Eildon Rhymer (rhymer23) wrote,
Eildon Rhymer
rhymer23

Writing, reading...

I've managed all of one day of the gen ficathon so far, as far as reading is concerned. The trouble is, no sooner had it started posting, than I started writing my latest historical AUs. Historical AUs eat my brain like nothing else, because they attack on all flanks. When I'm in a mood for writing, I write them. When I'm not in a mood for writing, I draw the pictures. When I'm in a mood for reading, I read history books or historical novels set in the period. There's just no room for fanfic reading at the moment, and it's the worst possible time for it, since there are so many wonderful-looking stories out there. But I suppose they're not going away, and I can always catch them in a few weeks.

It's proving a lot more challenging than my pirate AUs. I thought it would be easier. The early eighteenth century is one of the few periods that I never studied at school or university, although I've read plenty of historical novels set in the mid to late eighteenth century, so the general mood was easy enough to write. In contrast, 1555 ought to be so much easier. I spent a month living in the year 1553 at a residential historical re-enactment. The doctorate I almost did (I changed my mind before finalising my plans) was going to be something about the cultural history of the period 1547 to 1558. I ought to know this period so well.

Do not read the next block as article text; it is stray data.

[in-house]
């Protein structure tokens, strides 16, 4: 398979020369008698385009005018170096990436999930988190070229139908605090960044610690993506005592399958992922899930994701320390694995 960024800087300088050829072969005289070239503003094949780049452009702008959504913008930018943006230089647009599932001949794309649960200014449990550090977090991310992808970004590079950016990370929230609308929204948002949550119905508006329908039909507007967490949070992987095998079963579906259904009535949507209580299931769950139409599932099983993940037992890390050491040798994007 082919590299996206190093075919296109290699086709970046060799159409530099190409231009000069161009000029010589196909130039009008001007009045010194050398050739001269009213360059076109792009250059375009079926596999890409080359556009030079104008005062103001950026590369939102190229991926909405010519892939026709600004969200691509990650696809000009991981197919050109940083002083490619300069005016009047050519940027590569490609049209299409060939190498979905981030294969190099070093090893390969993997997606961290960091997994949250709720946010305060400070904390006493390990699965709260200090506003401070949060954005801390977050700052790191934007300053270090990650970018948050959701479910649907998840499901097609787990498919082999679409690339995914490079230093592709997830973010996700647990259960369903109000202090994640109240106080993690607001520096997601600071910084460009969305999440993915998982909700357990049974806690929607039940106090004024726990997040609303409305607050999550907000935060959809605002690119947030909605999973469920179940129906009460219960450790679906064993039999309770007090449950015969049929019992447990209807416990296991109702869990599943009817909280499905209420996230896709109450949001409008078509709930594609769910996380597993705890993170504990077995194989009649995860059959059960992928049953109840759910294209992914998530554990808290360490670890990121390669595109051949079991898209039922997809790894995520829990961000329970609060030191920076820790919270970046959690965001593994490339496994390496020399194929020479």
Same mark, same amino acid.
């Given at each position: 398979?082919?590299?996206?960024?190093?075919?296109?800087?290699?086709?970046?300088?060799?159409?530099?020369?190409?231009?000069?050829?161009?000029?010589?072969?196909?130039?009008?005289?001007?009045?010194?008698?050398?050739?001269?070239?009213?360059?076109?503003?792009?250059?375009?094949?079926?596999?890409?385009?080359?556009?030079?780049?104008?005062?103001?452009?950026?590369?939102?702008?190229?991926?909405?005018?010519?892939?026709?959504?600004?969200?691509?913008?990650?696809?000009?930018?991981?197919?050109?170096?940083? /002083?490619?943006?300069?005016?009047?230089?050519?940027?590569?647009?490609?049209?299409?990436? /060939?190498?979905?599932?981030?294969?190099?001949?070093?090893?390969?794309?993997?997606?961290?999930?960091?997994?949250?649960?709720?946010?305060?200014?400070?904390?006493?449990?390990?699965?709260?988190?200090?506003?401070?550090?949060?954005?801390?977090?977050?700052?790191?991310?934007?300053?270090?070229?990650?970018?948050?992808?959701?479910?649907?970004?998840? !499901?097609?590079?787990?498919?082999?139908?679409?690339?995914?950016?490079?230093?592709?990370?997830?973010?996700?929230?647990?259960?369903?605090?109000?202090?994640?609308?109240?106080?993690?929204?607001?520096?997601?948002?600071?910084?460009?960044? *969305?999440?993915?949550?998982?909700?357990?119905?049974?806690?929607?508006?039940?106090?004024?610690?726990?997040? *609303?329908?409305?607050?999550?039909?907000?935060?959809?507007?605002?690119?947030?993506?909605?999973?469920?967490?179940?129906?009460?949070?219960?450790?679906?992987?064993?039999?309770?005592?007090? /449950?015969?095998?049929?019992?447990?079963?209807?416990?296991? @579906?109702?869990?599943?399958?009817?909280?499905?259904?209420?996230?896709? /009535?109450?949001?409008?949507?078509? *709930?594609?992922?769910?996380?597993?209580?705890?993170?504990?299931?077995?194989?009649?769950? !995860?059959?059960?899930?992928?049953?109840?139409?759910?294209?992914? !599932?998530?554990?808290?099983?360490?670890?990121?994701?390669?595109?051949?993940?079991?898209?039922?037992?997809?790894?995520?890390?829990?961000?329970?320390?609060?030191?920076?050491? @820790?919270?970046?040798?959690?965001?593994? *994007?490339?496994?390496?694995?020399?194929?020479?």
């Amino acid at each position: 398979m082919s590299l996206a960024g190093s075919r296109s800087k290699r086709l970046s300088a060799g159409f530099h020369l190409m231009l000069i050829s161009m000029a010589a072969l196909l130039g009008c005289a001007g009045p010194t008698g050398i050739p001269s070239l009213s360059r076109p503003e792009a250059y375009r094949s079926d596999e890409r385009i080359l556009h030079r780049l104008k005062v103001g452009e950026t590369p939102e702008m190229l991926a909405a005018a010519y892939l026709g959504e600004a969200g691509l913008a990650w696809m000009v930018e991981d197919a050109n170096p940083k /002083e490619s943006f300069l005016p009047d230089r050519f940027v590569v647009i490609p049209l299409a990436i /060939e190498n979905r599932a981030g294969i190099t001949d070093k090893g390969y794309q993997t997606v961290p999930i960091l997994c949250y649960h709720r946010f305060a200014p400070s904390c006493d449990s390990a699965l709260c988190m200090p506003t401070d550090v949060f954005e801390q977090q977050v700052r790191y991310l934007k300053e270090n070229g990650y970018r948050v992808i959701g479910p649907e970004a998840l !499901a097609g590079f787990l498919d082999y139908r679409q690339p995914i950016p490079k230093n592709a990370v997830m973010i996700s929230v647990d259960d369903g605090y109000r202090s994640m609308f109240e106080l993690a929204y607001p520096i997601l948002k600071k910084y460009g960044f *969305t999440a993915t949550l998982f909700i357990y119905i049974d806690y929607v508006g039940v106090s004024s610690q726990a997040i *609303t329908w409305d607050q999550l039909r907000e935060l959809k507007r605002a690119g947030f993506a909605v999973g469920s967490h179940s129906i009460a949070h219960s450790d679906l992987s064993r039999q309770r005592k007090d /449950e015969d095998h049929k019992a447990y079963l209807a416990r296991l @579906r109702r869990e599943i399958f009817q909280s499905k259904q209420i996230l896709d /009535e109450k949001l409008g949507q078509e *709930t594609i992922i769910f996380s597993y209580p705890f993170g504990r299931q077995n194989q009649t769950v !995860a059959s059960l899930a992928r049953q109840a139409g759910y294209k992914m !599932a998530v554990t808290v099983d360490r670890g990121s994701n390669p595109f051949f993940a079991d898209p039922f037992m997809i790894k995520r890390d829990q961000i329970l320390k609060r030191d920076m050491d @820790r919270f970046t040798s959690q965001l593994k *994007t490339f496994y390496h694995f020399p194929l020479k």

However, nothing's been invented yet! McKay wants to go into long diatribes about the state of scientific knowledge, but almost everything interesting hasn't been invented or discovered yet. (Thank goodness for Copernicus, at least.) Virtually ever bit of technology or weaponry I would love to use hasn't quite got invented yet. The world's so much smaller, too. It doesn't provide that rich seam of reference that I had in 1720, when my characters had travelled the world and gone to plays and salons, and read novels and newspapers, and had ready access to books. Gah!

But I'm getting there - definitely over half way through the writing, and about a third of the way through the pictures. And speaking of which... Off to draw.
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